Before leaving, however, the eccentric genius offered a few parting shots to the leaders of Japan and the United States, whom he accused of "kidnapping."
"I won't be free until I get out of Japan," he told a crowd of reporters at the airport here before boarding his flight to Copenhagen en route to Reykjavik. "This was not an arrest. It was a kidnapping cooked up by Bush and Koizumi," he said, referring to President Bush and Japanese Prime Minister Junichiro Koizumi.
"They are war criminals and should be hung," he said.
Fischer, with a long white beard and wearing jeans and a baseball cap, left the immigration detention center on Tokyo's outskirts early Thursday morning. Japanese officials released the eccentric chess icon after taking him into custody in July, when he tried to leave the country using an invalid U.S. passport.
Fischer was accompanied to the airport by his fiancee, Miyoko Watai — the head of Japan's chess association — and Iceland's ambassador to Japan Thordur Oskarsson.
Fischer, 62, was in high spirits and characteristically defiant as he arrived at the airport.
As he walked toward the airport entrance, he turned, unzipped his pants and acted like he was going to urinate on the wall. He called Japan's ruling party "gangsters," and said he was being hounded by the United States because it is "Jew-controlled."
Fischer claims his U.S. passport was revoked illegally and sued to block a deportation order to the United States, where he is wanted for violating sanctions imposed on the former Yugoslavia by playing an exhibition match against Russian Boris Spassky in 1992.
This week, Iceland's Parliament stepped in to break the standoff, giving Fischer citizenship. Iceland is where he won the world championship in 1972, defeating Spassky in a classic Cold War showdown that propelled him to international stardom.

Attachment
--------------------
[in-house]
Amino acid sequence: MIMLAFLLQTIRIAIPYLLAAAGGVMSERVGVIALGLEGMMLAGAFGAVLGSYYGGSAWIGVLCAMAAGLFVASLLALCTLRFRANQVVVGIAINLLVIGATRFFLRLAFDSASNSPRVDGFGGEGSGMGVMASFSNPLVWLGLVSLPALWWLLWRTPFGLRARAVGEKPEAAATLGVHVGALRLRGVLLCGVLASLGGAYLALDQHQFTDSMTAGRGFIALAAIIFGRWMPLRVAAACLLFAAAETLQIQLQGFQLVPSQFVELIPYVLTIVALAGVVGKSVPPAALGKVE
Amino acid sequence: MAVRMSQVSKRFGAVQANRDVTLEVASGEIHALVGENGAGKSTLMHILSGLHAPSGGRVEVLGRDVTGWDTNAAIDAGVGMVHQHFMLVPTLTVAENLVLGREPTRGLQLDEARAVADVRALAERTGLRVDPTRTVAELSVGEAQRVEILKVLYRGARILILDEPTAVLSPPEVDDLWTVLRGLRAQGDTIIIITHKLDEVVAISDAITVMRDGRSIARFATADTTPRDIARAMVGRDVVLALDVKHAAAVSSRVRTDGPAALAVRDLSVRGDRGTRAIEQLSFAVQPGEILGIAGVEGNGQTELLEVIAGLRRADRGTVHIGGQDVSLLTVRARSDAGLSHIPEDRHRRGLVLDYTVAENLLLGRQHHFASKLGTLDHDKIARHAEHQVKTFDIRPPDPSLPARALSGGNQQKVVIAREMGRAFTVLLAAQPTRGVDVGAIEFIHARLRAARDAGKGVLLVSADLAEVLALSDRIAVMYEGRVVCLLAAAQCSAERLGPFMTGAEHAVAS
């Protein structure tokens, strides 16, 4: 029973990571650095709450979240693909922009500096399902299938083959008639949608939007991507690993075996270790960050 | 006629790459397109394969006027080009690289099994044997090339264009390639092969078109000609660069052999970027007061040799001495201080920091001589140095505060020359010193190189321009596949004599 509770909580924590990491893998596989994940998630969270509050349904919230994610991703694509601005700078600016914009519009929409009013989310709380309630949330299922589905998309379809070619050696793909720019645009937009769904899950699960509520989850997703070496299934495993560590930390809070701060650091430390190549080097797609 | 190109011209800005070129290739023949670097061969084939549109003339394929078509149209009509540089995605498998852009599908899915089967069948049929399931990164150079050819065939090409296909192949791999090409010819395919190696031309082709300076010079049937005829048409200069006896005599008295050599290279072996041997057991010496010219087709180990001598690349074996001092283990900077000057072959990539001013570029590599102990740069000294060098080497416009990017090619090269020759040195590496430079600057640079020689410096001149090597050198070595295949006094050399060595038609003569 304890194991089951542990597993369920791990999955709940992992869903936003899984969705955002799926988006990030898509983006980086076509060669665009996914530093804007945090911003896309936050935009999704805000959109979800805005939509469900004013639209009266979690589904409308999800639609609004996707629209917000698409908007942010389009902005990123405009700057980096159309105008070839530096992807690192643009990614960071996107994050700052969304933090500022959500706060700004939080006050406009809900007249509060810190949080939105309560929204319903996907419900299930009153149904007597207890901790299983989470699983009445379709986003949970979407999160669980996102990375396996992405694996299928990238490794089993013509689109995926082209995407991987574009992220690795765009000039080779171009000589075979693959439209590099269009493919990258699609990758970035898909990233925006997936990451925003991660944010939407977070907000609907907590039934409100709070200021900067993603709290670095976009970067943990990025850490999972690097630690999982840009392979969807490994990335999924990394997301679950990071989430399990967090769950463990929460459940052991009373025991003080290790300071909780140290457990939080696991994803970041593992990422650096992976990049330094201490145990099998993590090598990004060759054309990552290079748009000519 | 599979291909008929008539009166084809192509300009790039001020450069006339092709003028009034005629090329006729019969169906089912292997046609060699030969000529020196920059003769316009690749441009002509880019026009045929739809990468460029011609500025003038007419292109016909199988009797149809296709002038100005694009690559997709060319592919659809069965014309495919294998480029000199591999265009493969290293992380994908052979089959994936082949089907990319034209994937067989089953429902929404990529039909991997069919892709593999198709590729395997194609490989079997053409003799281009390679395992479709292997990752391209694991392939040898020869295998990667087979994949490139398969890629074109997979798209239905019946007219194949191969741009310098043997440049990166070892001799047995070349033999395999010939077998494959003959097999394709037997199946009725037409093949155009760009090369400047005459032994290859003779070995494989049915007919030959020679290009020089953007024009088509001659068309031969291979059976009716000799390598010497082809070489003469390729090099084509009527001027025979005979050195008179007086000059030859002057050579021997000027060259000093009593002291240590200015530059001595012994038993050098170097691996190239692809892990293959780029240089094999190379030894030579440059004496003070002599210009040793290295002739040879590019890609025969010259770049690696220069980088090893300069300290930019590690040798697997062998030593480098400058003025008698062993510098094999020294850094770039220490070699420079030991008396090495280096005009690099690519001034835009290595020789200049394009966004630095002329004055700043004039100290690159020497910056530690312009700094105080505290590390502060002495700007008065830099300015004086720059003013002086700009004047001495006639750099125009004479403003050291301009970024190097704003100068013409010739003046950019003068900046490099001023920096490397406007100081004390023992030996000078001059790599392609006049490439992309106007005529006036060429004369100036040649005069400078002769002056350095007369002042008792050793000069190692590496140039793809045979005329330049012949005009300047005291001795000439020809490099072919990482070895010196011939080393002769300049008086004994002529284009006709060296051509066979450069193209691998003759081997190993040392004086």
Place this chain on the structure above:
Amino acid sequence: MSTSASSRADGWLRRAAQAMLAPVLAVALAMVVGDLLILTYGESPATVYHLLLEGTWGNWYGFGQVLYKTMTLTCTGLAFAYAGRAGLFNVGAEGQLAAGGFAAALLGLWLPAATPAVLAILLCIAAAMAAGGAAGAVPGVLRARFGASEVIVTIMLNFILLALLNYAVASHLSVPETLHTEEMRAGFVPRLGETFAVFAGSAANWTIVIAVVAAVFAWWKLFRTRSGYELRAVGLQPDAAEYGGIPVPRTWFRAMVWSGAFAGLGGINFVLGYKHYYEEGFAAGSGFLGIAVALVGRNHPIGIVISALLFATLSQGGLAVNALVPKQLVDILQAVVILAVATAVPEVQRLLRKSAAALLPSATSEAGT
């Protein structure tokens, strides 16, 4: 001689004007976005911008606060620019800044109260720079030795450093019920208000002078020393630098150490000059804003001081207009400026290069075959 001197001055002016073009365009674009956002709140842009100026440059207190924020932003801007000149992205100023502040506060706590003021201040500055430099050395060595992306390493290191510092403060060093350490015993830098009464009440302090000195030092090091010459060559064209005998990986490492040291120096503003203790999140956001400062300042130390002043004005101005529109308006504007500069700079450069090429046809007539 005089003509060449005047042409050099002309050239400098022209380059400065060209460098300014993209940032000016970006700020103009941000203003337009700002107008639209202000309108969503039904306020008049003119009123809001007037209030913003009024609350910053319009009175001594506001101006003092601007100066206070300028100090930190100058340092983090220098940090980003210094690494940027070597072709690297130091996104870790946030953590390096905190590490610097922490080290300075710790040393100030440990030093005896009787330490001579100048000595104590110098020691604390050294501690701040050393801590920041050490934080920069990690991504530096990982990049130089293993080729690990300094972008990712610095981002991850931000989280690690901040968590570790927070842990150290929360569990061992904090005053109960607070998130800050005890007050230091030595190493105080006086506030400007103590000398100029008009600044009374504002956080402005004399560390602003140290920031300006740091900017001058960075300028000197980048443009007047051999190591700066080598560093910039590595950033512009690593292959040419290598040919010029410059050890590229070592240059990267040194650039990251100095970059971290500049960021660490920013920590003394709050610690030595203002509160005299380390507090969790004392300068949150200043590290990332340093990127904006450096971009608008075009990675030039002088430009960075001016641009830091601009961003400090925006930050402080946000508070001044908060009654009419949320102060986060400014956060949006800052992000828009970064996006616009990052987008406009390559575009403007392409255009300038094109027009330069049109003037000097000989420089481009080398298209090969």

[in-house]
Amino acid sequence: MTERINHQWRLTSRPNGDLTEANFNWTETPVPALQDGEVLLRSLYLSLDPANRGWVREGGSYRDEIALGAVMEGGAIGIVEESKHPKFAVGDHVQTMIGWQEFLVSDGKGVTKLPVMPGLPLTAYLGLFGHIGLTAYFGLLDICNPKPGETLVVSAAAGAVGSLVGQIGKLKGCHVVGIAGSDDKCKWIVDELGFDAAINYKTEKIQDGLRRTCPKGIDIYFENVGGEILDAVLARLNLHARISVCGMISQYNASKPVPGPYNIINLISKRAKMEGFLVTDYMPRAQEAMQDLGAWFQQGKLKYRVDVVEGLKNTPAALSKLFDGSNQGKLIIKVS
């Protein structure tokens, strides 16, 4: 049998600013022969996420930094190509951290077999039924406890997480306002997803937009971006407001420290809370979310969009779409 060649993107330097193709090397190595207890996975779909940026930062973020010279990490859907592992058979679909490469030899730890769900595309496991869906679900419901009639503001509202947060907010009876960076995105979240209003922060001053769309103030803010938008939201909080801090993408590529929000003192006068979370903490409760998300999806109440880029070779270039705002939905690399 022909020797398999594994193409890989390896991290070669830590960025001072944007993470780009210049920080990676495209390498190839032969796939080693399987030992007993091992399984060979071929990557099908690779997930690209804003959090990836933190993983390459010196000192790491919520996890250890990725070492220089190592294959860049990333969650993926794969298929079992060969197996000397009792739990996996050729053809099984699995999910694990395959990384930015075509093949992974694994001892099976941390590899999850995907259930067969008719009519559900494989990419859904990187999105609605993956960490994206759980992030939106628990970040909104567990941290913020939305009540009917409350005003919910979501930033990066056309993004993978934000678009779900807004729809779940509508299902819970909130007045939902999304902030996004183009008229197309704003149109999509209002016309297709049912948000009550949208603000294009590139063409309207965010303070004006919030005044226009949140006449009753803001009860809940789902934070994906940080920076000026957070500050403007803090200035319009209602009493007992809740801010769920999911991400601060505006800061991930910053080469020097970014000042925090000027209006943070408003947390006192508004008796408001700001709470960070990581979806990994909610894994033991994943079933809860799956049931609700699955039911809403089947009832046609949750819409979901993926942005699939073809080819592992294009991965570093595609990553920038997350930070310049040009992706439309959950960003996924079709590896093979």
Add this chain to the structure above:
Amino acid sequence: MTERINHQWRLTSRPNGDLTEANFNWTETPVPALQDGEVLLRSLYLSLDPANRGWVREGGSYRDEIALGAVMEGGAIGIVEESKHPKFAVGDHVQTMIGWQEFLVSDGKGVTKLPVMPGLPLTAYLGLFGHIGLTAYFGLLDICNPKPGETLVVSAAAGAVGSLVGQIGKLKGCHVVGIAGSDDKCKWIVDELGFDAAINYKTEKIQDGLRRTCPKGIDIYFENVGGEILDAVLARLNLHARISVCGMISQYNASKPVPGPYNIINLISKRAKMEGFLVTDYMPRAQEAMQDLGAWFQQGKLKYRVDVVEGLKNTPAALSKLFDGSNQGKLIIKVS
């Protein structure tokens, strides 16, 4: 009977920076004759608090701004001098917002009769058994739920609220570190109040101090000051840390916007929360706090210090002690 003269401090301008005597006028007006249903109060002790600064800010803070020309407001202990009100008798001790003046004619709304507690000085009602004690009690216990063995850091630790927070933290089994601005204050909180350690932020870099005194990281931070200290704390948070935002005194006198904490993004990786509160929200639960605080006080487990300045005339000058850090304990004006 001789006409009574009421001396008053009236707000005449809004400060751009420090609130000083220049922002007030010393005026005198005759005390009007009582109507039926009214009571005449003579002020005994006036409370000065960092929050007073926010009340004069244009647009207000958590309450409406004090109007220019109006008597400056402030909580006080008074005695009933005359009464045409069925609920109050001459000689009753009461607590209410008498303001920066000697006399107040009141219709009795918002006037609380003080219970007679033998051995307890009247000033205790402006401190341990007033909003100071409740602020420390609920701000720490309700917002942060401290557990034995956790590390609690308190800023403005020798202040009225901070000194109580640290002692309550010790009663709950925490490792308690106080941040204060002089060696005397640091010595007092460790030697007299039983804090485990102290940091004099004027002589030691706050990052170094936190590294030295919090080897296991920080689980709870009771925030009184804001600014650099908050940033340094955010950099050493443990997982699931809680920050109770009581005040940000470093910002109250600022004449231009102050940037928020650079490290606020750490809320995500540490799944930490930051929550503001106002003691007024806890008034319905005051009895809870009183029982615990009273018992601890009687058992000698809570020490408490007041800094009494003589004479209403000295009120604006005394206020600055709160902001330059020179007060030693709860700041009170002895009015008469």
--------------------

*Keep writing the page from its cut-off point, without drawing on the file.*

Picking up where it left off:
Moving to Iceland doesn't necessarily mean Fischer has beaten Washington's effort to prosecute him. Iceland, like Japan, has an extradition treaty with Washington.
A federal grand jury in Washington, meanwhile, is reportedly investigating possible money-laundering charges involving Fischer and he may face tax-related charges as well. Fischer was reported to have received $3.5 million from the competition in the former Yugoslavia and boasted then that he didn't intend to pay any income tax on the money.
Oskarsson, the ambassador, had said before Fischer's release that Washington sent a "message of disappointment" to the Icelandic government over giving Fischer citizenship.
"Despite the message, the decision was put through Parliament on humanitarian grounds," Oskarsson said.
In Washington on Tuesday, the State Department said it had officially asked Japan to hand over Fischer.
"Mr. Fischer is a fugitive from justice. There is a federal warrant for his arrest," said Adam Ereli, deputy spokesman for the State Department.
Japan's top government spokesman, Hiroyuki Hosoda, told reporters after Fischer's release that he believed "there is no problem" in Tokyo's handling of the case.
Tokyo initially refused Fischer's request to go to Iceland, saying Japanese law only allowed his deportation to the country of his origin. But following Iceland's decision on Monday, Japanese Justice Minister Chieko Nono said officials would consider letting Fischer go there.
Fischer had sued Japanese officials to prevent them from deporting him, and his lawsuit stalled the process long enough for him to win a passport from Iceland.
Fischer became a chess icon when he dethroned Spassky in a series of games in Iceland, claiming the United States' first world chess championship in more than a century.
But he gave up the title a few years later to another Soviet, Anatoly Karpov, by refusing to defend it. He then fell into obscurity before resurfacing to play the 1992 exhibition rematch against Spassky in the former Yugoslavia.
Fischer won the rematch. But his playing violated U.S. sanctions imposed to punish then-President Slobodan Milosevic. If convicted, Fischer — who hasn't been to the United States since then — could face 10 years in prison and a $250,000 fine.
Though generally a recluse, Fischer has emerged from silence in radio broadcasts and on his Web page to express anti-Semitic views and rail against the United States.